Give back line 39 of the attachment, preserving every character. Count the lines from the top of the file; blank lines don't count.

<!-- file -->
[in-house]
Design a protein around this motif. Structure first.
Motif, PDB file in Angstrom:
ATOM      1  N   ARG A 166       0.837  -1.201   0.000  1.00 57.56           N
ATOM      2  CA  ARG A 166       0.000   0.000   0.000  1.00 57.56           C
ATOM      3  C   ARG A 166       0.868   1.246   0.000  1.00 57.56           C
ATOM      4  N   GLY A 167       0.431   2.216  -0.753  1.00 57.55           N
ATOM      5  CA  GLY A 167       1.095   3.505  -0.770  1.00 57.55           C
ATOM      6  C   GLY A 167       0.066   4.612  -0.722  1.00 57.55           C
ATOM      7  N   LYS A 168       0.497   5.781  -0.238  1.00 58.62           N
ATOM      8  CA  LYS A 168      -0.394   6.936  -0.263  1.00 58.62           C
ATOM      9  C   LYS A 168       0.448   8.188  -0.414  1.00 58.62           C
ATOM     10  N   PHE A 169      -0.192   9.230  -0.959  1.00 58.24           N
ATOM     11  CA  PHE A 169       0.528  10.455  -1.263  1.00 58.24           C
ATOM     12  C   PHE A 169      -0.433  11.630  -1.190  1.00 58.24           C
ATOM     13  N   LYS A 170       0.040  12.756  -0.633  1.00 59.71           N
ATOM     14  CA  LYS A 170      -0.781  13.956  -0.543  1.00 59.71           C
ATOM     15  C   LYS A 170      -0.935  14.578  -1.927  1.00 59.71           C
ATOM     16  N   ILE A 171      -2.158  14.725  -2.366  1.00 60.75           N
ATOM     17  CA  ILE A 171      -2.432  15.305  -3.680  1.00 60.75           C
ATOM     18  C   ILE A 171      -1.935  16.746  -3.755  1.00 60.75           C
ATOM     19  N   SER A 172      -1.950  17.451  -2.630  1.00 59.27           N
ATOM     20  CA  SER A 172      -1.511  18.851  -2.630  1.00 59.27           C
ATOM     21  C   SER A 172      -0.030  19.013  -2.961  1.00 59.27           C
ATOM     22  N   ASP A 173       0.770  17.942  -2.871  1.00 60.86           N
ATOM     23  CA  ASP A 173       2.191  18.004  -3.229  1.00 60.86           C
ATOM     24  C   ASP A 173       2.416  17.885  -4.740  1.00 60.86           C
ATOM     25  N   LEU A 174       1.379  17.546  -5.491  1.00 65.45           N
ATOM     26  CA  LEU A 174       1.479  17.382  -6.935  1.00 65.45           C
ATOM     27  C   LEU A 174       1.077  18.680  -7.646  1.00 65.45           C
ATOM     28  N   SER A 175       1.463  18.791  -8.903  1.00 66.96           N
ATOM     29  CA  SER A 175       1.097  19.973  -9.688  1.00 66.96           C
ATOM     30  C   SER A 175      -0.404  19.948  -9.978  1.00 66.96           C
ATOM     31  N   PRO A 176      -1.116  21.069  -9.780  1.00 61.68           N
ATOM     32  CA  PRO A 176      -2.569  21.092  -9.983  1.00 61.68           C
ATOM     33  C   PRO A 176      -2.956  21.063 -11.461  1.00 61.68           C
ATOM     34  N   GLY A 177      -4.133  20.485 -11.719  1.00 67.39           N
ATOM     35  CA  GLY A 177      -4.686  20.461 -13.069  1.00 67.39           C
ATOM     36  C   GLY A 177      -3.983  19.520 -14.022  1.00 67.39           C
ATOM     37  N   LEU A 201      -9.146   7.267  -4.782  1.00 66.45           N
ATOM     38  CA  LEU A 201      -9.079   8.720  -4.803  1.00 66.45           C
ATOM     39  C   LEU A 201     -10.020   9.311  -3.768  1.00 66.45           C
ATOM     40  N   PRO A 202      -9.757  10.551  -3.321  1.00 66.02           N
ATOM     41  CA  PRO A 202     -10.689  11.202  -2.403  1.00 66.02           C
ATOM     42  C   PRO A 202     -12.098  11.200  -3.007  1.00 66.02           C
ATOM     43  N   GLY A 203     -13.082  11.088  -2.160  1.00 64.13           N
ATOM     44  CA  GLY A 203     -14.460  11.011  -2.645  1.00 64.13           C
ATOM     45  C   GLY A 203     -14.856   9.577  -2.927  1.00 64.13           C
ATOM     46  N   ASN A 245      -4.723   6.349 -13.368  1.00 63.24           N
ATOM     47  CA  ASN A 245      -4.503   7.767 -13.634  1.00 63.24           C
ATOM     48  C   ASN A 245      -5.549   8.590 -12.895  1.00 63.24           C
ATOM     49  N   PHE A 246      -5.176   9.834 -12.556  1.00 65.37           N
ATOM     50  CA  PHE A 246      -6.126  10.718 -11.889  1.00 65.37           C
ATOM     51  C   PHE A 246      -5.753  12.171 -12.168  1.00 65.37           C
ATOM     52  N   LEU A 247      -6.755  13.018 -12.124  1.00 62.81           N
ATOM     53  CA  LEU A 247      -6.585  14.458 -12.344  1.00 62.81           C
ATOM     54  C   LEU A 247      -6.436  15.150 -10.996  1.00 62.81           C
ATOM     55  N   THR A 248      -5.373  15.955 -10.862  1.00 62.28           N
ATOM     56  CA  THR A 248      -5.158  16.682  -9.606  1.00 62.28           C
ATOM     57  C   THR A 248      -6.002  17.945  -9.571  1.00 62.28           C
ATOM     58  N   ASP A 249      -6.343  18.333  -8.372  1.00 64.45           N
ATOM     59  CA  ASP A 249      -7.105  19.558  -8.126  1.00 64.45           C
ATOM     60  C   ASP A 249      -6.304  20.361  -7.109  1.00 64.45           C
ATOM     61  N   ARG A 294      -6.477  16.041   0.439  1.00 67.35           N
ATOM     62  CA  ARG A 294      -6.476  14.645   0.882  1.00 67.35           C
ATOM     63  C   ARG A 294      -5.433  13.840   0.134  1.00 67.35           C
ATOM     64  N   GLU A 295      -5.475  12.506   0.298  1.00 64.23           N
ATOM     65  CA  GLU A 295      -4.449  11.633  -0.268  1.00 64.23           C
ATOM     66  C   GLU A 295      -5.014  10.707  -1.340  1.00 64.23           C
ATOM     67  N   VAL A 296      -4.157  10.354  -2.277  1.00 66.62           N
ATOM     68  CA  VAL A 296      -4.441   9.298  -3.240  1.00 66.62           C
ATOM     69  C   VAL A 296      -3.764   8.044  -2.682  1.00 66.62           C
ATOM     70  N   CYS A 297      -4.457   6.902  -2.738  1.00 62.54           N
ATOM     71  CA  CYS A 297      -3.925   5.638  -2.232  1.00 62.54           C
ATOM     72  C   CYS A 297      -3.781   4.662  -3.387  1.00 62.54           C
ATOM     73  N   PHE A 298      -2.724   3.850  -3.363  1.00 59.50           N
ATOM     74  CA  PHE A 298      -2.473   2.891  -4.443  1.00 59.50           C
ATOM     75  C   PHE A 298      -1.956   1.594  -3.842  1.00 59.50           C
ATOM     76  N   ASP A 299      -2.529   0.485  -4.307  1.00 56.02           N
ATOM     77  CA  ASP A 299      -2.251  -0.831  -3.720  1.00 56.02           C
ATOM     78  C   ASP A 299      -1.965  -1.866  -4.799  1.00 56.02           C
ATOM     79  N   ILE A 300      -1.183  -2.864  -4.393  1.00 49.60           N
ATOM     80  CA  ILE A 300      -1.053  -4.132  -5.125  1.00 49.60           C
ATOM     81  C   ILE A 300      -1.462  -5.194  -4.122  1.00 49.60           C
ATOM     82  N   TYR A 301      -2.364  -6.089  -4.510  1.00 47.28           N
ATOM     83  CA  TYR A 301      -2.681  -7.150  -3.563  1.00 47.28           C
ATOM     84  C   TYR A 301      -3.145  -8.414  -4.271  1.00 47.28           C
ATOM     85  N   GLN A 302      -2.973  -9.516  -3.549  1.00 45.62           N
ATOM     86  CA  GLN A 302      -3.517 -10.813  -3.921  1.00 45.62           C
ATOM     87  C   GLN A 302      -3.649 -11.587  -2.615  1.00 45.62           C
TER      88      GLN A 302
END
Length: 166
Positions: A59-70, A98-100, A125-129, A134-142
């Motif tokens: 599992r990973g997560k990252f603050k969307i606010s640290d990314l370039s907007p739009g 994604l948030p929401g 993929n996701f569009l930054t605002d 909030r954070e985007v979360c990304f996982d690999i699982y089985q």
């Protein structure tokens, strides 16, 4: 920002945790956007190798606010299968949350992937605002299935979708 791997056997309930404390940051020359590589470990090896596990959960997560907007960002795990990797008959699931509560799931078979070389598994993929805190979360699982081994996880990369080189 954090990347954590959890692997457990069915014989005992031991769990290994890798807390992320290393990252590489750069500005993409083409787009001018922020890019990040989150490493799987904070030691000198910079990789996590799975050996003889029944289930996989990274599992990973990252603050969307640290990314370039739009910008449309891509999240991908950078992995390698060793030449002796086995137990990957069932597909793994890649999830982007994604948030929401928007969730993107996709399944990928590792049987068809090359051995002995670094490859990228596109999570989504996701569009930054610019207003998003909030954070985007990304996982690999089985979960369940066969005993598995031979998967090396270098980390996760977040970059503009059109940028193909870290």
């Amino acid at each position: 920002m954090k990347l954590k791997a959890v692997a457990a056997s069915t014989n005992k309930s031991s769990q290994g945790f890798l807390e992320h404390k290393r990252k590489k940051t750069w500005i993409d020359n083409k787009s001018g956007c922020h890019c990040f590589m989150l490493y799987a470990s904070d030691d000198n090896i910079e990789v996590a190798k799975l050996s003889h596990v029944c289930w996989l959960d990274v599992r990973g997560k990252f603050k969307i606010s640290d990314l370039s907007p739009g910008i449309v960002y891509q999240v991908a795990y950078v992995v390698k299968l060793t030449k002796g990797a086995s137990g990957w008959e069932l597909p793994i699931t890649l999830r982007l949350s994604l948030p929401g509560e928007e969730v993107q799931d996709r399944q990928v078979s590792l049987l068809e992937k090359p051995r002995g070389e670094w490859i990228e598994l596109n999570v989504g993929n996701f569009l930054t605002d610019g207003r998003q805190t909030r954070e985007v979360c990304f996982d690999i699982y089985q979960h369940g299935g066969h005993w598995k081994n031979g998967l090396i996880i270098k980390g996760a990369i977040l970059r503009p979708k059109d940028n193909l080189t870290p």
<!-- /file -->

ATOM     36  C   GLY A 177      -3.983  19.520 -14.022  1.00 67.39           C